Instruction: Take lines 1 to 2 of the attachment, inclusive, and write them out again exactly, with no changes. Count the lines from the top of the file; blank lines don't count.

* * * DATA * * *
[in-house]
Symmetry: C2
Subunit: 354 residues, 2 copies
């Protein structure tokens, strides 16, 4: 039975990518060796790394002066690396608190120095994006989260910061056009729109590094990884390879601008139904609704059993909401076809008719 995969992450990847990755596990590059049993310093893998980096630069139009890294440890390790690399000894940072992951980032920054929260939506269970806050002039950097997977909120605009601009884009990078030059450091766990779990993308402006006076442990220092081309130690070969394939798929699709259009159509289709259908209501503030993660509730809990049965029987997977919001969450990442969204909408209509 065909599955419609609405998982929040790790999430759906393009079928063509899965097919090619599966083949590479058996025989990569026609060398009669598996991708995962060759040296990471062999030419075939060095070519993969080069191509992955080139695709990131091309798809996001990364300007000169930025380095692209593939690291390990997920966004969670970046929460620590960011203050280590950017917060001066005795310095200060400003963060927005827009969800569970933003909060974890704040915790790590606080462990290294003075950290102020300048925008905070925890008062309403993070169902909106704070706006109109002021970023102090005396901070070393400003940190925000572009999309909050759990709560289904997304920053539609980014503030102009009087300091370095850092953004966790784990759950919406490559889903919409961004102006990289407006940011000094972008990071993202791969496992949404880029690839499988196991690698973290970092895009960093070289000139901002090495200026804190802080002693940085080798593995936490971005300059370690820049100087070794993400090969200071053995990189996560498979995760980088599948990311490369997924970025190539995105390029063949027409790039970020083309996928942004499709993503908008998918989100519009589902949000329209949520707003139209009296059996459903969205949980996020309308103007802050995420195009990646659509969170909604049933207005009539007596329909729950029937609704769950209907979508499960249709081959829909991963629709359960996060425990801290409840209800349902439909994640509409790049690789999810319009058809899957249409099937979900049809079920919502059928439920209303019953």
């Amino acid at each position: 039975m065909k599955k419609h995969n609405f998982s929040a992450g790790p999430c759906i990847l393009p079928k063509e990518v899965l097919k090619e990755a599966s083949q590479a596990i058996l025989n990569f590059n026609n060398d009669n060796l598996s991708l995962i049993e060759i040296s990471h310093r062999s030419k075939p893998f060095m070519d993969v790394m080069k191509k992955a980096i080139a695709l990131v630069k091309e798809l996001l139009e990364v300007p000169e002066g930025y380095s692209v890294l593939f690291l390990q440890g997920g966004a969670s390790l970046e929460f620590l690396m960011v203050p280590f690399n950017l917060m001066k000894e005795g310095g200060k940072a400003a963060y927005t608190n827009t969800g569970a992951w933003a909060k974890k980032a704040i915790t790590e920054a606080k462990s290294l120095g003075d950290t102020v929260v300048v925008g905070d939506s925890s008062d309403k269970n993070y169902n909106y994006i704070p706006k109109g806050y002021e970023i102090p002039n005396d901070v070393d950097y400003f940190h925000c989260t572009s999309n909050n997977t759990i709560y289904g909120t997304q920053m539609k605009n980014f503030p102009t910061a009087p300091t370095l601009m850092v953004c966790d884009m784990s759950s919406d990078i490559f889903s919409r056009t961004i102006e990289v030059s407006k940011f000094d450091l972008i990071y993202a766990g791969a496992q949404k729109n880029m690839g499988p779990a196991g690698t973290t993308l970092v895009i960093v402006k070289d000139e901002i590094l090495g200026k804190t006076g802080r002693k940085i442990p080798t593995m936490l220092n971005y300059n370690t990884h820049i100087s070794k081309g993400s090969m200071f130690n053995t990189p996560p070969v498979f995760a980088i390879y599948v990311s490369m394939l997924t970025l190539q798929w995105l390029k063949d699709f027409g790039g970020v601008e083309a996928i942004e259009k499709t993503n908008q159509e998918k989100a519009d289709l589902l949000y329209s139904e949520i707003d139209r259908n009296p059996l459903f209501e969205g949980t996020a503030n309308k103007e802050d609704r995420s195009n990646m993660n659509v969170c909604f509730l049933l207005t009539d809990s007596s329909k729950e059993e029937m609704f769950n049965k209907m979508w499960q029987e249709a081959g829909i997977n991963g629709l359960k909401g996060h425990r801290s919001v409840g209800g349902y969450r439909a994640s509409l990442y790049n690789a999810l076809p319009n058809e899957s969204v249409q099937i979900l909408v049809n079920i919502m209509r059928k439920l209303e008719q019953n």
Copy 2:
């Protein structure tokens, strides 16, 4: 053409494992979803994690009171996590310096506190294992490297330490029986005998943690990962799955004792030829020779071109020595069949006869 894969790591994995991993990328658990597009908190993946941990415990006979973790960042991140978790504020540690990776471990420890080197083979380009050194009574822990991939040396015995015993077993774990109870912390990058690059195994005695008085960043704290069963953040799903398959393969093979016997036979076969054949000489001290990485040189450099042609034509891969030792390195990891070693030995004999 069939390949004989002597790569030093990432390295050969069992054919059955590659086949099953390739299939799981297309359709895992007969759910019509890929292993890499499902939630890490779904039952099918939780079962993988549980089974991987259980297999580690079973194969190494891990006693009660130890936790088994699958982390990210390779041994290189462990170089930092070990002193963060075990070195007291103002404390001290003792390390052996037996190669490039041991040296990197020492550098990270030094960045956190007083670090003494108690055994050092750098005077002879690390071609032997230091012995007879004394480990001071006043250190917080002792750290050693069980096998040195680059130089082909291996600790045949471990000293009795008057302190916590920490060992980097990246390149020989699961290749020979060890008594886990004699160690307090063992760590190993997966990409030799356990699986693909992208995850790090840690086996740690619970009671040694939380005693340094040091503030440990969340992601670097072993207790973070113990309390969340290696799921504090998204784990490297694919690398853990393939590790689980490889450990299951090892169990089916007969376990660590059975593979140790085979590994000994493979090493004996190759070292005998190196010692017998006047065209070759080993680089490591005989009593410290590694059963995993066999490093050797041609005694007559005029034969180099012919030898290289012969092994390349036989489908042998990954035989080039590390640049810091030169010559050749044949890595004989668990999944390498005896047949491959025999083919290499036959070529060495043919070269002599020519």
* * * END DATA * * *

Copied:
[in-house]
Symmetry: C2